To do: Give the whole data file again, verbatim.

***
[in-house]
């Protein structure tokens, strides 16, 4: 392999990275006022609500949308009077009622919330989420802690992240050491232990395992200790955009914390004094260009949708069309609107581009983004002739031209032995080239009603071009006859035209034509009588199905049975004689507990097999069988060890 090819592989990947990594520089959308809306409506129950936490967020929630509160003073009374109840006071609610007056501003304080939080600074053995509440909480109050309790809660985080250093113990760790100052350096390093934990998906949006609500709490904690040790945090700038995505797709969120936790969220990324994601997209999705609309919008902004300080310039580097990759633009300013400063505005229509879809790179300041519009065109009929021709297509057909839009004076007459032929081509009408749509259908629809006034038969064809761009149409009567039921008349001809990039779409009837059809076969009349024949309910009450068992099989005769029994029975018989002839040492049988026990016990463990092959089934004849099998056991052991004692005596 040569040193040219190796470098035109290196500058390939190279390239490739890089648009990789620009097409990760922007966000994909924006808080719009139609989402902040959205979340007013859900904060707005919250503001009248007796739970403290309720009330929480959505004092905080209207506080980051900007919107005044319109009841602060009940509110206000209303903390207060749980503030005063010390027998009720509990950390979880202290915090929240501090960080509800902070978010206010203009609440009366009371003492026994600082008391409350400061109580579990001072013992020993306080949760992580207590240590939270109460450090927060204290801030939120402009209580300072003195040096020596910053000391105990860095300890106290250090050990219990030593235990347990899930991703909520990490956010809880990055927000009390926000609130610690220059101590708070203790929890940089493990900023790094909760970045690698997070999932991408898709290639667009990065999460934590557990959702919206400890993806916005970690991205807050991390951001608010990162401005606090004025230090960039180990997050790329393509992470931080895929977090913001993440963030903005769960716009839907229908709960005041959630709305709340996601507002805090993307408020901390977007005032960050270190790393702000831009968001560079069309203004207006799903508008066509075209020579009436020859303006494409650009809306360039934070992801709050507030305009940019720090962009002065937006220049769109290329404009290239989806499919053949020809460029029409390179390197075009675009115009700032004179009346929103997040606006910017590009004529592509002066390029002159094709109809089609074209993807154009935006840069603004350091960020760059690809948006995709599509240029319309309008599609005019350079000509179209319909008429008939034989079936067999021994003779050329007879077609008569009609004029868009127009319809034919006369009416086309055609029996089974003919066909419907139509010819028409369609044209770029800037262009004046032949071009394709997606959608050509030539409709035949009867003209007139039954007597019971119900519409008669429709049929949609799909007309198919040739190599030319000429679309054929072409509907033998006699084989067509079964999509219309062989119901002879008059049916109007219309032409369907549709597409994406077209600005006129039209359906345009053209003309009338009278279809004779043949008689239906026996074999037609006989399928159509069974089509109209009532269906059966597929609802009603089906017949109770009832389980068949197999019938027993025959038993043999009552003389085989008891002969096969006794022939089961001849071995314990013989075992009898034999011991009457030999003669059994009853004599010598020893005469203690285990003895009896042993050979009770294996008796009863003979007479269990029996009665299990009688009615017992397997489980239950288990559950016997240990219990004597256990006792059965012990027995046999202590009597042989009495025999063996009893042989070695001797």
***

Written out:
[in-house]
């Protein structure tokens, strides 16, 4: 392999990275006022609500949308009077009622919330989420802690992240050491232990395992200790955009914390004094260009949708069309609107581009983004002739031209032995080239009603071009006859035209034509009588199905049975004689507990097999069988060890 090819592989990947990594520089959308809306409506129950936490967020929630509160003073009374109840006071609610007056501003304080939080600074053995509440909480109050309790809660985080250093113990760790100052350096390093934990998906949006609500709490904690040790945090700038995505797709969120936790969220990324994601997209999705609309919008902004300080310039580097990759633009300013400063505005229509879809790179300041519009065109009929021709297509057909839009004076007459032929081509009408749509259908629809006034038969064809761009149409009567039921008349001809990039779409009837059809076969009349024949309910009450068992099989005769029994029975018989002839040492049988026990016990463990092959089934004849099998056991052991004692005596 040569040193040219190796470098035109290196500058390939190279390239490739890089648009990789620009097409990760922007966000994909924006808080719009139609989402902040959205979340007013859900904060707005919250503001009248007796739970403290309720009330929480959505004092905080209207506080980051900007919107005044319109009841602060009940509110206000209303903390207060749980503030005063010390027998009720509990950390979880202290915090929240501090960080509800902070978010206010203009609440009366009371003492026994600082008391409350400061109580579990001072013992020993306080949760992580207590240590939270109460450090927060204290801030939120402009209580300072003195040096020596910053000391105990860095300890106290250090050990219990030593235990347990899930991703909520990490956010809880990055927000009390926000609130610690220059101590708070203790929890940089493990900023790094909760970045690698997070999932991408898709290639667009990065999460934590557990959702919206400890993806916005970690991205807050991390951001608010990162401005606090004025230090960039180990997050790329393509992470931080895929977090913001993440963030903005769960716009839907229908709960005041959630709305709340996601507002805090993307408020901390977007005032960050270190790393702000831009968001560079069309203004207006799903508008066509075209020579009436020859303006494409650009809306360039934070992801709050507030305009940019720090962009002065937006220049769109290329404009290239989806499919053949020809460029029409390179390197075009675009115009700032004179009346929103997040606006910017590009004529592509002066390029002159094709109809089609074209993807154009935006840069603004350091960020760059690809948006995709599509240029319309309008599609005019350079000509179209319909008429008939034989079936067999021994003779050329007879077609008569009609004029868009127009319809034919006369009416086309055609029996089974003919066909419907139509010819028409369609044209770029800037262009004046032949071009394709997606959608050509030539409709035949009867003209007139039954007597019971119900519409008669429709049929949609799909007309198919040739190599030319000429679309054929072409509907033998006699084989067509079964999509219309062989119901002879008059049916109007219309032409369907549709597409994406077209600005006129039209359906345009053209003309009338009278279809004779043949008689239906026996074999037609006989399928159509069974089509109209009532269906059966597929609802009603089906017949109770009832389980068949197999019938027993025959038993043999009552003389085989008891002969096969006794022939089961001849071995314990013989075992009898034999011991009457030999003669059994009853004599010598020893005469203690285990003895009896042993050979009770294996008796009863003979007479269990029996009665299990009688009615017992397997489980239950288990559950016997240990219990004597256990006792059965012990027995046999202590009597042989009495025999063996009893042989070695001797």